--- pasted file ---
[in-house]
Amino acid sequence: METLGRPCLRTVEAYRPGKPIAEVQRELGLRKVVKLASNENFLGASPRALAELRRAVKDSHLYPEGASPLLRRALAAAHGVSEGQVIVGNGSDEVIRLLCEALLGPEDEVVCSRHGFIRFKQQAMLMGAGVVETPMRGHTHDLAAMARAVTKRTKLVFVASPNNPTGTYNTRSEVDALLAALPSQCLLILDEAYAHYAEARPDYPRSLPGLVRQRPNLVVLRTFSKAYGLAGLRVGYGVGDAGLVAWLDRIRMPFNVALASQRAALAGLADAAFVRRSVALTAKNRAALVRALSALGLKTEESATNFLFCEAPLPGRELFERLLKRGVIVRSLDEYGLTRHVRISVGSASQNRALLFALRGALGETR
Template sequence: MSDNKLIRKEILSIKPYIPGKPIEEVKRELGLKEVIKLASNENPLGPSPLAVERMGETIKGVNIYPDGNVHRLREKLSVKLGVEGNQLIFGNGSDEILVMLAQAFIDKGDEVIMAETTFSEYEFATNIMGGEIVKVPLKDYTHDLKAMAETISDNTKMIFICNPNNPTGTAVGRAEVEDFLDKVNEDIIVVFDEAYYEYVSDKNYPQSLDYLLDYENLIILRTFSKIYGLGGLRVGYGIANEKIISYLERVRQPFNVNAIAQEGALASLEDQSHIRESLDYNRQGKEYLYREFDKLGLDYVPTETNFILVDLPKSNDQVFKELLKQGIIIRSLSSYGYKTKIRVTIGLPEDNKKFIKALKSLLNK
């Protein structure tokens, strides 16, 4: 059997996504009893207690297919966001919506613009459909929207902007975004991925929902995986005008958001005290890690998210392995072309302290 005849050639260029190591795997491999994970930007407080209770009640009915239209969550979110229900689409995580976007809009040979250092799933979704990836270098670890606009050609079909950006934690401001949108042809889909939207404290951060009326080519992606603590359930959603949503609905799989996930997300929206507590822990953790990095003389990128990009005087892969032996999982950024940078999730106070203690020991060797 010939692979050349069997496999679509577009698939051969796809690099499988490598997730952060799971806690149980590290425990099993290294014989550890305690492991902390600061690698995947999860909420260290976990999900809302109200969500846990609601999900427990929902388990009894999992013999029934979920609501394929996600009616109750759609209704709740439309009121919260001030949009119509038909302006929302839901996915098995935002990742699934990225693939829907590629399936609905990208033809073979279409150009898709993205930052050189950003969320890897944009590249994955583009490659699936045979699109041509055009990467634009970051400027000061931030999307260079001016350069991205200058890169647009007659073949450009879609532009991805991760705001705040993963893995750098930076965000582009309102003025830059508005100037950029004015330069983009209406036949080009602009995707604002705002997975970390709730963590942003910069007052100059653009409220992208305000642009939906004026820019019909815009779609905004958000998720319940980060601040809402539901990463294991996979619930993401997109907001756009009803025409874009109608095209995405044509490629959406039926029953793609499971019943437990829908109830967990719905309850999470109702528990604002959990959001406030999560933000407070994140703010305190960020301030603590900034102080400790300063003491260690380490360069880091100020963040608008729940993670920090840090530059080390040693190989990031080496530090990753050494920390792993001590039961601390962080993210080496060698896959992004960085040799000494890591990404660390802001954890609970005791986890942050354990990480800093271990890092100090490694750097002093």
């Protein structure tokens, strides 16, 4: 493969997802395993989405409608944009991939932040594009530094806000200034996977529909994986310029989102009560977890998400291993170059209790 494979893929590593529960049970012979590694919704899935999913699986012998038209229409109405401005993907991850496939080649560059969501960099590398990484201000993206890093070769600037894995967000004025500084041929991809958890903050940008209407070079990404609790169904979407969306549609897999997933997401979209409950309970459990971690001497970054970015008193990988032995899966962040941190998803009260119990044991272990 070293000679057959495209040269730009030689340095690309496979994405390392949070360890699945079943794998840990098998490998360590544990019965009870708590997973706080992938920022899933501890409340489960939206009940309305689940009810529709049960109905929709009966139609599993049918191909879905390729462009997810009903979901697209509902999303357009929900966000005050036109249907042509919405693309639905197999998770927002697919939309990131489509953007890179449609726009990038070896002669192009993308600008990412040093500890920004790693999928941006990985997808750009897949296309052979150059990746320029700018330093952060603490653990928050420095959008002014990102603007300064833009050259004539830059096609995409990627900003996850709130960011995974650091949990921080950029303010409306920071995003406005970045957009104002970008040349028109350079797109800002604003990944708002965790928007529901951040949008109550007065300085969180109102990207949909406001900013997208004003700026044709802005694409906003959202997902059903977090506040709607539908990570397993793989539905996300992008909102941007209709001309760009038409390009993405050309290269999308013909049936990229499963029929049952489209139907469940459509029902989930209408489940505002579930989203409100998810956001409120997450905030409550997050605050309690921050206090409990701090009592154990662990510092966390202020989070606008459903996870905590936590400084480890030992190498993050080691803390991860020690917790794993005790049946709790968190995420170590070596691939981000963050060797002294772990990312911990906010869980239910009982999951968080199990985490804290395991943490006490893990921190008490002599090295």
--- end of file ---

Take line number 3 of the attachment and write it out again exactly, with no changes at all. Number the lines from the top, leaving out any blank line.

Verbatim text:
Template sequence: MSDNKLIRKEILSIKPYIPGKPIEEVKRELGLKEVIKLASNENPLGPSPLAVERMGETIKGVNIYPDGNVHRLREKLSVKLGVEGNQLIFGNGSDEILVMLAQAFIDKGDEVIMAETTFSEYEFATNIMGGEIVKVPLKDYTHDLKAMAETISDNTKMIFICNPNNPTGTAVGRAEVEDFLDKVNEDIIVVFDEAYYEYVSDKNYPQSLDYLLDYENLIILRTFSKIYGLGGLRVGYGIANEKIISYLERVRQPFNVNAIAQEGALASLEDQSHIRESLDYNRQGKEYLYREFDKLGLDYVPTETNFILVDLPKSNDQVFKELLKQGIIIRSLSSYGYKTKIRVTIGLPEDNKKFIKALKSLLNK